Blue Jasmine – I am willing to give this one another try in light of the many loving reviews it has received from people whose opinions I value.  I went into this film wanting to love it, and for about a week or so I tried to convince myself that I did.  But ultimately I cannot find any recognizable humans here--just a general sense of disdain for upper-class and working-class folks alike. This does not really lend itself to the meaningful commentary on class that so many reviewers claimed that it offered.  But it's hard to comment on class in America when you are somehow convinced that at the heart of it all, jealous/hysterical wives are even guiltier than the white-collar criminals they marry.  Yes, there is much to admire in Cate Blanchett’s depiction of that jealous/hysterical wife.  But the screenplay being what it is, I am not able to see Jasmine as a fully realized individual, and thus I can’t be totally on board with the Blanchett coronation.  All this to say, I am not a fan.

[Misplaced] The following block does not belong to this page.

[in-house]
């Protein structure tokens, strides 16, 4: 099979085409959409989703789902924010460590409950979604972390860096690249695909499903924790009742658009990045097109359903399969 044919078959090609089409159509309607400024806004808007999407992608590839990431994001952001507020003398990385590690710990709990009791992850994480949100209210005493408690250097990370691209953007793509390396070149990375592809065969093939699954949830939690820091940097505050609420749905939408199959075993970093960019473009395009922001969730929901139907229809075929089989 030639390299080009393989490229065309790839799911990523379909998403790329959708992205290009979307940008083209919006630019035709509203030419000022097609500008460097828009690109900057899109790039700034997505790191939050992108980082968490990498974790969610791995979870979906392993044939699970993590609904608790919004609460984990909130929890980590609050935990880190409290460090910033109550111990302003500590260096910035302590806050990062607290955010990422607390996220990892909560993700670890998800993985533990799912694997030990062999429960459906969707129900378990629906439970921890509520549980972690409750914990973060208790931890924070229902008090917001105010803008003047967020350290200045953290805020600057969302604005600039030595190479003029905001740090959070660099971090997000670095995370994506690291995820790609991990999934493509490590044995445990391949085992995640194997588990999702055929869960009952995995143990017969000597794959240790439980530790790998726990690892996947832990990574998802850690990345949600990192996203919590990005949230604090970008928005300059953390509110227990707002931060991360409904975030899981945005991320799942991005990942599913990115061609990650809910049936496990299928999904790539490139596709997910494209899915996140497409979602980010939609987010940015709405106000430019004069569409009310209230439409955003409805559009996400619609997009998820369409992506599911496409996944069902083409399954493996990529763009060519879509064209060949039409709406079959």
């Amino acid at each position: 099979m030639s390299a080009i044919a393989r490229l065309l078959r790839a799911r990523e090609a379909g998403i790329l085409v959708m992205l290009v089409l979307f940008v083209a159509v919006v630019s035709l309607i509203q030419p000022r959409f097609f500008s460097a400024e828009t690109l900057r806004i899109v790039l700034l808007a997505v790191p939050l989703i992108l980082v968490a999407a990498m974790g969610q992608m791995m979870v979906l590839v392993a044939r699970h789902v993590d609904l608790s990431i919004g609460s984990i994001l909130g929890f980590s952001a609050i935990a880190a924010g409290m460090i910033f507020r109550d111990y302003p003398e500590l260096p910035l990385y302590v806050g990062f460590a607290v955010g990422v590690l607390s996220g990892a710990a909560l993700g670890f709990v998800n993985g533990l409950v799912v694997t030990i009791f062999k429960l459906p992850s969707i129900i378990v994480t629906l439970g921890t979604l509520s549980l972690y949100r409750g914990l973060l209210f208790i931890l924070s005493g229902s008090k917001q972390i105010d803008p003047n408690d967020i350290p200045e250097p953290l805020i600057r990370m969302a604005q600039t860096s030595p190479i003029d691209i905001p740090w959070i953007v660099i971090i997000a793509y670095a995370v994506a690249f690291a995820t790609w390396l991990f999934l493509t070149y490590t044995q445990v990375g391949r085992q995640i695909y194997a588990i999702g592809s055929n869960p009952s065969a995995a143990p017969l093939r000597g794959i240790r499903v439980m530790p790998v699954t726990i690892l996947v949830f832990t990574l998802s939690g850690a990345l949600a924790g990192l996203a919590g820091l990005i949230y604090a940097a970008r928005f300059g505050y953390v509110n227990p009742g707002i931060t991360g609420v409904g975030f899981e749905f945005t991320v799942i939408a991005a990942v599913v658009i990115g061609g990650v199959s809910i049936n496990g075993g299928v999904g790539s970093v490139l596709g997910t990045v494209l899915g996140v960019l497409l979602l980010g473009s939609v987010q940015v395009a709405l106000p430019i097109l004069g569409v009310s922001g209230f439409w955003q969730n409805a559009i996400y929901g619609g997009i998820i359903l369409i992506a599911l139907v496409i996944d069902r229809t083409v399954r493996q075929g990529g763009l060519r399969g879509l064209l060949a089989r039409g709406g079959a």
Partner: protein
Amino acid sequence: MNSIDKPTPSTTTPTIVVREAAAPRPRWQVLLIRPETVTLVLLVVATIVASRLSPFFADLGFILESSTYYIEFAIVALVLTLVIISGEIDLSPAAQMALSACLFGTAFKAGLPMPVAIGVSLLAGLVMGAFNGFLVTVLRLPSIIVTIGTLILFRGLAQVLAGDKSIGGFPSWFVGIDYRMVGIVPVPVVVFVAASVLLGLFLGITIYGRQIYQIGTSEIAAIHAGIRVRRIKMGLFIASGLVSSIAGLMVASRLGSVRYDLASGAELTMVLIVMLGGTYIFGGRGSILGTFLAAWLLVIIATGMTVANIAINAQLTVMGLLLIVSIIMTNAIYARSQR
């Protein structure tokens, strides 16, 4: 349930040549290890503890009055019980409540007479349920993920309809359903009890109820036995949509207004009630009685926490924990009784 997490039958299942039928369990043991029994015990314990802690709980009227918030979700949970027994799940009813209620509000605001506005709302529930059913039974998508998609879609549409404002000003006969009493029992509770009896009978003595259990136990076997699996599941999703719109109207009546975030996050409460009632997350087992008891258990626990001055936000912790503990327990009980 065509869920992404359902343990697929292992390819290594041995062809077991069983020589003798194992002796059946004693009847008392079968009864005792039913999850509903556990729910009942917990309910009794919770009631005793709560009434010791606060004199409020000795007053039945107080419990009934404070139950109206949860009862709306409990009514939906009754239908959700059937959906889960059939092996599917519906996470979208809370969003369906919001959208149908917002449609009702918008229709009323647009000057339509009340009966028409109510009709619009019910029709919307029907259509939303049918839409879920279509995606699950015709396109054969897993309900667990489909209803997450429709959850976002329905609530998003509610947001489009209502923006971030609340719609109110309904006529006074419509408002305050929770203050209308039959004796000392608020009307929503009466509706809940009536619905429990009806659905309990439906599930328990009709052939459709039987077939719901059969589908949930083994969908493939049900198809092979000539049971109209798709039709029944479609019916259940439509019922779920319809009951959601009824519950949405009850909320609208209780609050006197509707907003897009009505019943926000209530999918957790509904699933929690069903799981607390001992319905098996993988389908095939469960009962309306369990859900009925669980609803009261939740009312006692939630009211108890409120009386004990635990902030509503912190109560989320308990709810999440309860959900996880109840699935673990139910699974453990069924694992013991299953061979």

Spring Breakers – Once again, I am willing to give this one another try in light of the many loving reviews it has received from people whose opinions I value (OK, one person in particular!).  I loved the Britney Spears number, and I enjoyed watching the James Franco show.  But I am really struggling to see this movie as the vital social commentary that it seems to believe it is.  

Movies I Didn’t Really Like, but Don’t Have Much to Say About

Geography Club, Stoker, The Iceman, Ginger and Rosa, The Conjuring, Touchy Feely, Computer Chess

Movies that I Liked to Some Extent, with Major Caveats

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The Butler – In some ways, it’s too easy to dismiss this film.  There are some great moments interspersed throughout, and in spite of its unfair and simplistic portrayal of the Black Power movement, it does raise interesting questions about the physical and emotional costs of Civil Rights activism and non-activism.  It suffers from poor character development, a few terrible performances, and some extreme sentimentality.  But I still think it’s a worthwhile 132 minutes (did I mention it’s too long).